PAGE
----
Washington, August 14: Archaeologists in Rome have unearthed the colossal portrait head of the Roman empress Faustina, wife of the emperor Antoninus Pius, who ruled from A. D. 138 to 161.
The find comes almost exactly one year after archaeologists discovered the remains of a colossal 16 foot statue of the emperor Hadrian (A. D. 117-138) at a spot about 6 m (20 feet) away.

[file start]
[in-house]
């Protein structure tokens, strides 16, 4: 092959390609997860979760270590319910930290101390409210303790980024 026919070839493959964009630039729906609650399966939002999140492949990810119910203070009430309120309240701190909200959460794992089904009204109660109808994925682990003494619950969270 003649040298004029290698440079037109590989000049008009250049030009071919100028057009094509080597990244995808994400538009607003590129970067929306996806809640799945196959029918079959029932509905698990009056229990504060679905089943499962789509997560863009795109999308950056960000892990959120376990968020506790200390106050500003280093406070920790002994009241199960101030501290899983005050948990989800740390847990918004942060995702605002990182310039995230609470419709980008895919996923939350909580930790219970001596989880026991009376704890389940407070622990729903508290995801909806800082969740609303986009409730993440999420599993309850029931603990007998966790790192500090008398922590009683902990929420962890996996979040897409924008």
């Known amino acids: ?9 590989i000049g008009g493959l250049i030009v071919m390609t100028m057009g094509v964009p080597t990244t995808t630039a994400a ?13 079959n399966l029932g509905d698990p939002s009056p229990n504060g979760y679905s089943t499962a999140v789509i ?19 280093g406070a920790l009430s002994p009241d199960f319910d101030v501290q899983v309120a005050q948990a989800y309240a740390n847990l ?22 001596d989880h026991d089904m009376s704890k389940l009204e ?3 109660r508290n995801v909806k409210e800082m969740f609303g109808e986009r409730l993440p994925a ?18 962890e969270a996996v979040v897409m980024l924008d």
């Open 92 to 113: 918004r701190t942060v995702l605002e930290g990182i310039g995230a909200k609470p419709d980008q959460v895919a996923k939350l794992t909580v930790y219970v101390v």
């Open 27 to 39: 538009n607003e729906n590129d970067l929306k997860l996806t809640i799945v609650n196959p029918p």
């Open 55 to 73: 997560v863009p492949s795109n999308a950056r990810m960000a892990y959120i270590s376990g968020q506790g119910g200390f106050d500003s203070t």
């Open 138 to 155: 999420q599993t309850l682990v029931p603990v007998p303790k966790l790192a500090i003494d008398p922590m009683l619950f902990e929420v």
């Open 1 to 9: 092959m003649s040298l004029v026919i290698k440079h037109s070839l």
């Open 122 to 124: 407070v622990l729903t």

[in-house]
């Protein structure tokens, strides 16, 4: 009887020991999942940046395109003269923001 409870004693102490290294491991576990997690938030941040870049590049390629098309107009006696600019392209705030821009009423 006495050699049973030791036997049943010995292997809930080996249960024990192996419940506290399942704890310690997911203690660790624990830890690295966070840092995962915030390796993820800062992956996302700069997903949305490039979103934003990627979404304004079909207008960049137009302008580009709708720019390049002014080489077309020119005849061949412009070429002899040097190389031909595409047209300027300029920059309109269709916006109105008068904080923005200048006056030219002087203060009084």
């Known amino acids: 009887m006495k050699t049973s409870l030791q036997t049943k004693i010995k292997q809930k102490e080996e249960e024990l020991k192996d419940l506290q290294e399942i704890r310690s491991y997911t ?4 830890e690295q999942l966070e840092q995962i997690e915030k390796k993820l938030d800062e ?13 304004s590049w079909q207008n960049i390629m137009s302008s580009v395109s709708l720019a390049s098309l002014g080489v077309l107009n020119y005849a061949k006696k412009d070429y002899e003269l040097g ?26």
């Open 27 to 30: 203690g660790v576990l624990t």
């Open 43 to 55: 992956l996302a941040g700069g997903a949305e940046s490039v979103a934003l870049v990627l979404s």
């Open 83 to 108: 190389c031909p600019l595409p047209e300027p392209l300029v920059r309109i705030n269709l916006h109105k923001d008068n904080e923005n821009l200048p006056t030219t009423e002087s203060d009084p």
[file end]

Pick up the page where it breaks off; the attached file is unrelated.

Both the Hadrian statute and Faustina head come from the largest room of the Roman Baths at Sagalassos, which have under excavation for the past 12 years.
This room—cross-shaped, with mosaic floors, and up to 1250 sq. meters—was most likely a cold room or frigidarium.